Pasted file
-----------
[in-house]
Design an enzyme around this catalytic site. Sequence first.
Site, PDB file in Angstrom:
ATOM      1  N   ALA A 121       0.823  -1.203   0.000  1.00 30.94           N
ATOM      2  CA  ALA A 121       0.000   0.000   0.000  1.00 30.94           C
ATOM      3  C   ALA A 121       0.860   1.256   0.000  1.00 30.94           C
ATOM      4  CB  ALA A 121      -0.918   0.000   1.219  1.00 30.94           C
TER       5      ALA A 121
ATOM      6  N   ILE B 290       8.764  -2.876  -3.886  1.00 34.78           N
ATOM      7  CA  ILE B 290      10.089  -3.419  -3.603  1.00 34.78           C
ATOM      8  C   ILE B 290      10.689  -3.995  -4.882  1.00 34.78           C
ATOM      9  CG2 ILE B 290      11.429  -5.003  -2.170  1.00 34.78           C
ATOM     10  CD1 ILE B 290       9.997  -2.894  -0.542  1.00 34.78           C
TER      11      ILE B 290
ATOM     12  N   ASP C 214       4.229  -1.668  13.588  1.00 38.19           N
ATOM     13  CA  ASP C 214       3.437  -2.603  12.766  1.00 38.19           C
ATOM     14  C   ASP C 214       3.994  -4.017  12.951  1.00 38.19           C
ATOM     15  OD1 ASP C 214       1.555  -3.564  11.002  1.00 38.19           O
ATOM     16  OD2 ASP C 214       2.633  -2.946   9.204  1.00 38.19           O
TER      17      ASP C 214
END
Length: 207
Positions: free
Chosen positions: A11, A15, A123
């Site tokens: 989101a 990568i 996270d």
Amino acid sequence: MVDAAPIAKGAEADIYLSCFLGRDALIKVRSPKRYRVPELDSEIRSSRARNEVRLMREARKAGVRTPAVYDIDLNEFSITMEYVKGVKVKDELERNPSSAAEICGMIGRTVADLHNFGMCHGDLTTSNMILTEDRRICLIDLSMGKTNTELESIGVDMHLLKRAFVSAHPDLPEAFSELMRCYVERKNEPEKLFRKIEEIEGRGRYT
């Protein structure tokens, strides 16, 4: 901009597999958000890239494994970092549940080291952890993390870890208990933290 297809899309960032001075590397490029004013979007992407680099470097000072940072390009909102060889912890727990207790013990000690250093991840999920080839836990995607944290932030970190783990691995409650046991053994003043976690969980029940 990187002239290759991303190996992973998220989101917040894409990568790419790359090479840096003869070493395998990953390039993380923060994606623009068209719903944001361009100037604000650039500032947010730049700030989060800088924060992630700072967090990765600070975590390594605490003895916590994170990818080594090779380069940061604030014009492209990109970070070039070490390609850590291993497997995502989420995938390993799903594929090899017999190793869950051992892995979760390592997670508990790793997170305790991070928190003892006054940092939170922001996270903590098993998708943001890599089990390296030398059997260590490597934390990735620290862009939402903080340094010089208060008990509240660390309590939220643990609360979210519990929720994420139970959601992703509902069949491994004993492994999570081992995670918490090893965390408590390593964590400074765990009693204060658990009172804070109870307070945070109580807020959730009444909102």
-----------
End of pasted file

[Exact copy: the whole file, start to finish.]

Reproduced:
[in-house]
Design an enzyme around this catalytic site. Sequence first.
Site, PDB file in Angstrom:
ATOM      1  N   ALA A 121       0.823  -1.203   0.000  1.00 30.94           N
ATOM      2  CA  ALA A 121       0.000   0.000   0.000  1.00 30.94           C
ATOM      3  C   ALA A 121       0.860   1.256   0.000  1.00 30.94           C
ATOM      4  CB  ALA A 121      -0.918   0.000   1.219  1.00 30.94           C
TER       5      ALA A 121
ATOM      6  N   ILE B 290       8.764  -2.876  -3.886  1.00 34.78           N
ATOM      7  CA  ILE B 290      10.089  -3.419  -3.603  1.00 34.78           C
ATOM      8  C   ILE B 290      10.689  -3.995  -4.882  1.00 34.78           C
ATOM      9  CG2 ILE B 290      11.429  -5.003  -2.170  1.00 34.78           C
ATOM     10  CD1 ILE B 290       9.997  -2.894  -0.542  1.00 34.78           C
TER      11      ILE B 290
ATOM     12  N   ASP C 214       4.229  -1.668  13.588  1.00 38.19           N
ATOM     13  CA  ASP C 214       3.437  -2.603  12.766  1.00 38.19           C
ATOM     14  C   ASP C 214       3.994  -4.017  12.951  1.00 38.19           C
ATOM     15  OD1 ASP C 214       1.555  -3.564  11.002  1.00 38.19           O
ATOM     16  OD2 ASP C 214       2.633  -2.946   9.204  1.00 38.19           O
TER      17      ASP C 214
END
Length: 207
Positions: free
Chosen positions: A11, A15, A123
């Site tokens: 989101a 990568i 996270d």
Amino acid sequence: MVDAAPIAKGAEADIYLSCFLGRDALIKVRSPKRYRVPELDSEIRSSRARNEVRLMREARKAGVRTPAVYDIDLNEFSITMEYVKGVKVKDELERNPSSAAEICGMIGRTVADLHNFGMCHGDLTTSNMILTEDRRICLIDLSMGKTNTELESIGVDMHLLKRAFVSAHPDLPEAFSELMRCYVERKNEPEKLFRKIEEIEGRGRYT
């Protein structure tokens, strides 16, 4: 901009597999958000890239494994970092549940080291952890993390870890208990933290 297809899309960032001075590397490029004013979007992407680099470097000072940072390009909102060889912890727990207790013990000690250093991840999920080839836990995607944290932030970190783990691995409650046991053994003043976690969980029940 990187002239290759991303190996992973998220989101917040894409990568790419790359090479840096003869070493395998990953390039993380923060994606623009068209719903944001361009100037604000650039500032947010730049700030989060800088924060992630700072967090990765600070975590390594605490003895916590994170990818080594090779380069940061604030014009492209990109970070070039070490390609850590291993497997995502989420995938390993799903594929090899017999190793869950051992892995979760390592997670508990790793997170305790991070928190003892006054940092939170922001996270903590098993998708943001890599089990390296030398059997260590490597934390990735620290862009939402903080340094010089208060008990509240660390309590939220643990609360979210519990929720994420139970959601992703509902069949491994004993492994999570081992995670918490090893965390408590390593964590400074765990009693204060658990009172804070109870307070945070109580807020959730009444909102």